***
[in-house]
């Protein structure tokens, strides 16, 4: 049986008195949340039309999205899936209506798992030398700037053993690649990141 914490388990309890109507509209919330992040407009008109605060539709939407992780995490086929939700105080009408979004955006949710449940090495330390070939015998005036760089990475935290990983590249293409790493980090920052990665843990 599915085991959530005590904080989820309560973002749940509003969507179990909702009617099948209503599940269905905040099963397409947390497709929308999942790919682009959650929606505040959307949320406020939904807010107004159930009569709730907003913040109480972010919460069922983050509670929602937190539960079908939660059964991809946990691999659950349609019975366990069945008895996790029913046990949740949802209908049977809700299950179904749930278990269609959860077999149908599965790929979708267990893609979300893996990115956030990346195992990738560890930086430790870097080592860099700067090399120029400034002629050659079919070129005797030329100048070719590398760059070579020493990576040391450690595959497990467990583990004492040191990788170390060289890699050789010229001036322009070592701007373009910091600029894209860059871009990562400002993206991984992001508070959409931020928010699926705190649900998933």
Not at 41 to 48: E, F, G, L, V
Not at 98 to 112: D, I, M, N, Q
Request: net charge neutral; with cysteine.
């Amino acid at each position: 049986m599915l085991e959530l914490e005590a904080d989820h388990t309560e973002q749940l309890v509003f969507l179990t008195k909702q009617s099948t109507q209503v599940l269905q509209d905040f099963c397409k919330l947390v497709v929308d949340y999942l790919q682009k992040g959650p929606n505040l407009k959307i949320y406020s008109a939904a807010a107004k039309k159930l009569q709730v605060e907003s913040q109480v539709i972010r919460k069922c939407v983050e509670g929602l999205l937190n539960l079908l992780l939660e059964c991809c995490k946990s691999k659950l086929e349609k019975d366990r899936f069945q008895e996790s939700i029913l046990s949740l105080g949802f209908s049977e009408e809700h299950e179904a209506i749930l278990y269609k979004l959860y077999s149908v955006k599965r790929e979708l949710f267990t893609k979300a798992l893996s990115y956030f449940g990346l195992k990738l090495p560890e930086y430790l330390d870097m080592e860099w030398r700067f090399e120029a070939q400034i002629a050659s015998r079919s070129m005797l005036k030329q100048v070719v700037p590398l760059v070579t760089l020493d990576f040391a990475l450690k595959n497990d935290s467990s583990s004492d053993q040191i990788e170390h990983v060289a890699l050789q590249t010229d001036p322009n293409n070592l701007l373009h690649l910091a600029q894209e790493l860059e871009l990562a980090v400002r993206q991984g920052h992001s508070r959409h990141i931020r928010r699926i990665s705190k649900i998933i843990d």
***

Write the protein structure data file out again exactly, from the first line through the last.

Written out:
[in-house]
């Protein structure tokens, strides 16, 4: 049986008195949340039309999205899936209506798992030398700037053993690649990141 914490388990309890109507509209919330992040407009008109605060539709939407992780995490086929939700105080009408979004955006949710449940090495330390070939015998005036760089990475935290990983590249293409790493980090920052990665843990 599915085991959530005590904080989820309560973002749940509003969507179990909702009617099948209503599940269905905040099963397409947390497709929308999942790919682009959650929606505040959307949320406020939904807010107004159930009569709730907003913040109480972010919460069922983050509670929602937190539960079908939660059964991809946990691999659950349609019975366990069945008895996790029913046990949740949802209908049977809700299950179904749930278990269609959860077999149908599965790929979708267990893609979300893996990115956030990346195992990738560890930086430790870097080592860099700067090399120029400034002629050659079919070129005797030329100048070719590398760059070579020493990576040391450690595959497990467990583990004492040191990788170390060289890699050789010229001036322009070592701007373009910091600029894209860059871009990562400002993206991984992001508070959409931020928010699926705190649900998933």
Not at 41 to 48: E, F, G, L, V
Not at 98 to 112: D, I, M, N, Q
Request: net charge neutral; with cysteine.
């Amino acid at each position: 049986m599915l085991e959530l914490e005590a904080d989820h388990t309560e973002q749940l309890v509003f969507l179990t008195k909702q009617s099948t109507q209503v599940l269905q509209d905040f099963c397409k919330l947390v497709v929308d949340y999942l790919q682009k992040g959650p929606n505040l407009k959307i949320y406020s008109a939904a807010a107004k039309k159930l009569q709730v605060e907003s913040q109480v539709i972010r919460k069922c939407v983050e509670g929602l999205l937190n539960l079908l992780l939660e059964c991809c995490k946990s691999k659950l086929e349609k019975d366990r899936f069945q008895e996790s939700i029913l046990s949740l105080g949802f209908s049977e009408e809700h299950e179904a209506i749930l278990y269609k979004l959860y077999s149908v955006k599965r790929e979708l949710f267990t893609k979300a798992l893996s990115y956030f449940g990346l195992k990738l090495p560890e930086y430790l330390d870097m080592e860099w030398r700067f090399e120029a070939q400034i002629a050659s015998r079919s070129m005797l005036k030329q100048v070719v700037p590398l760059v070579t760089l020493d990576f040391a990475l450690k595959n497990d935290s467990s583990s004492d053993q040191i990788e170390h990983v060289a890699l050789q590249t010229d001036p322009n293409n070592l701007l373009h690649l910091a600029q894209e790493l860059e871009l990562a980090v400002r993206q991984g920052h992001s508070r959409h990141i931020r928010r699926i990665s705190k649900i998933i843990d």